16  – CIL, VIII, 26471, 26547; ILAfr, 528; L. Poinssot, op. cit., p. 145-146.
17  – Cl. Poinssot, op cit., p. 62 n° 23.
18  – CIL, VIII, 26492; R. Cagnat and P. Gauckler, op. cit., p. 74; Cl. Poinssot, op.cit. p. 63 n° 25; M. Khanoussi, Dougga (revised and augmented édition). Tunis, 1998, p. 16 n° 2
19  – CIL, VIII, 26527 to which 8 new fragments are added cf Samir Aounallah and Zeïneb Ben Abdallah, Les Calpurnii de Thugga. Dougga (Thugga). Études épigraphiques. Texts collected by M. Khanoussi and L. Maurin. Bordeaux, 1997, p. 84-86; on the monument see Cl. Poinssot, op cit., p. 44 n°11.
20  – On this monument wrongly considered as being part of the Gabinii religious complex see Cl. Poinssot, op. cit., p. 45 n°12.
21  – This monument is still unpublished.

Cl. Poinssot, op. cit., p.63-64.

22  – M. Khanoussi, Dougga (revised and augmented edition). Tunis, 1998, p. 71 n° 53.
23  – ibidem, p. 64 n° 45.
24  – ibidem, p. 33 n° 15
25  – ILAfr., 558
26  – ILAfr., 558
27  – CIL, VIII, 26475= DFH, 68.
28  – A. Ep., 1969-70, 648.
29  – A. Ep., 1969-70, 650.
30  – M. Christol, Remarques sur une inscription de Thugga. Le pagus dans la colonie de Carthage au 1er siècle ap. J.-C. Epigrafia. Actes du colloque en mémoire de Attilio Degrassi. Rome, 1991, p. 615.
31  – CIL, VIII, 26465.
32  – ILAfr, 555.
33  – CIL, VIII, 26456, 27356.
34  – CIL, VIII, 26500.
35  – CIL, VIII, 15527.
36  – CIL, VIII, 26472.
37  – CIL, VIII, 26499; M. Khanoussi, «Thugga: épigraphie et constructions publiques» in “Dougga (Thugga). Études épigraphiques”. Texts collected by M. Khanoussi et L. Maurin. Bordeaux, 1997, p. 118, ibid, Dougga (revised and augmented édition). Tunis, 1998, p. 63 n° 44; ibid, Dougga. Fragments d’histoire. Choix d’inscriptions latines éditées, traduites et commentées (Ier-IV e siècles) directed by M. Khanoussi et L. Maurin. Bordeaux, 2000, p. 121-122, n° 41.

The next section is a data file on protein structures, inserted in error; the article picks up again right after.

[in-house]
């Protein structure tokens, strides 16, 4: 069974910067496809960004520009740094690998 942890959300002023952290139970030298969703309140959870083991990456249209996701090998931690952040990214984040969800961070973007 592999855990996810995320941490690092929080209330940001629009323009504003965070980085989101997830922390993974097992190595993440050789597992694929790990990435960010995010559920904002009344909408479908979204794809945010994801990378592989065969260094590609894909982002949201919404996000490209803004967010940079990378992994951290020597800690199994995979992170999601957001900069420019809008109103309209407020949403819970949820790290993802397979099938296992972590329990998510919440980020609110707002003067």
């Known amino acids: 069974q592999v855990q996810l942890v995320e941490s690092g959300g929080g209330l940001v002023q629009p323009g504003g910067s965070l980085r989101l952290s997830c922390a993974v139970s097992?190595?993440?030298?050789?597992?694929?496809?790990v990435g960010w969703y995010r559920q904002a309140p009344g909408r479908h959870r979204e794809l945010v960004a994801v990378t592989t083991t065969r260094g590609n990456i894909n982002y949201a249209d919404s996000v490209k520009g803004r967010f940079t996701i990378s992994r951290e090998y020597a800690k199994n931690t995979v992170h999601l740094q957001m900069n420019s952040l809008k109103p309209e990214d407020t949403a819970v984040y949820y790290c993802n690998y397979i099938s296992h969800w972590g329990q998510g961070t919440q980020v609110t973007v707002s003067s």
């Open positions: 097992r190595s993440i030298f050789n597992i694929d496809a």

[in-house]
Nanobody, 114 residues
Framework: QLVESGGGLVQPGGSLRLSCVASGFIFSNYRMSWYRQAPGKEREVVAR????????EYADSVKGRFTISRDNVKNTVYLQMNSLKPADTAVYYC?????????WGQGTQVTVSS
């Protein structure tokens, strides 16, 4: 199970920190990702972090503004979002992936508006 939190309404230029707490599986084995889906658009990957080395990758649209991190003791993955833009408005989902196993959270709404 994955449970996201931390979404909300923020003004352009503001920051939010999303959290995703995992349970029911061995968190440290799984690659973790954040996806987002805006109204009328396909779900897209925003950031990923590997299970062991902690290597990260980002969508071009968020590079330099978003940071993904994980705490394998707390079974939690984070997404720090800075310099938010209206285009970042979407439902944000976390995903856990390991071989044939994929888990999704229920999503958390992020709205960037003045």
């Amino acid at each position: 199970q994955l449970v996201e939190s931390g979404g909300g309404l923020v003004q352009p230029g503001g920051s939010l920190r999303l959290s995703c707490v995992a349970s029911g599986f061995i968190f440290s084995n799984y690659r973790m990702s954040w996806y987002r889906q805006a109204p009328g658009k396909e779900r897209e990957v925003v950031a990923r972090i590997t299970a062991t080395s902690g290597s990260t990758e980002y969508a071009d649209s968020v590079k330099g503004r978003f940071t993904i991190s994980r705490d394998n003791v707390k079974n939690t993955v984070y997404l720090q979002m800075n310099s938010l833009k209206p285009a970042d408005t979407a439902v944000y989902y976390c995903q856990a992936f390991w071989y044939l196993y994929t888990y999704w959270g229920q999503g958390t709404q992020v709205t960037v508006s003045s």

38  – ILAfr, 527.
39  – CIL, VIII, 26499.
40  – London, 1835, p. 312 n° 38.
41  – L. Poinssot, NAM, XXI, fasc. 8, 1913, p. 143.
42  – Cfr. Dougga. Fragment d’histoire: choix d’inscriptions latines, éditées, traduites et commentées, Ier-IVe siècles. Directed by M. Khanoussi et L. Maurin.Bordeaux, 2000, p. 114-117 n°39.
43  – A base was dedicated to the Victory   Parthica Britannica Germanica maxima Augusta of Caracalla on the forum of the neighbouring city of Uchi Maius,   cfr CIL, VIII, 26243.
44  – Cl. Poinssot, BCTH, n s, 1966, p. ????
45  – On the dediction of the water works to which this monument belonged cf Dougga. Fragment d’histoire: choix d’inscriptions latines, éditées, traduites et commentées, Ier-IVe siècles. Bordeaux, 2000, p. 102-109, on the monument, see M. Khanoussi, Dougga . 2e edition revised and augmented. Tunis, 1998, p. 54 n°34 ; A. Beschaouch, Ėpigraphie et ethographie. D’une fête populaire de Dougga, en Tunisie à la dédicace de l’aqueduc de Thugga, in Afrique romaine. CRAI, 2000, p. 1173-1178.
46  – M. Khanoussi, Dougga. 2 e édition revue et augmentée. Tunis, 1998, p. 50 n°33.
47  – Ibidem, p. 77 n°59.
48  – Ibidem, p. 78 n°60
49  – Ibidem, 1998, p. 76 n°57
50  – AEp., 1997, respectively t 1659, 1660 et 1662.
51  – AEp., 1997, 1661.

Ingénieur Général spécialiste des systèmes d'information et de communication, webmaster de site web inp2020 مهندس عام متخصص في نظم المعلومات والاتصالات General Engineer specializing in information and communication systems, inp2020 website webmaster

You must be logged in to post a comment

Follow by Email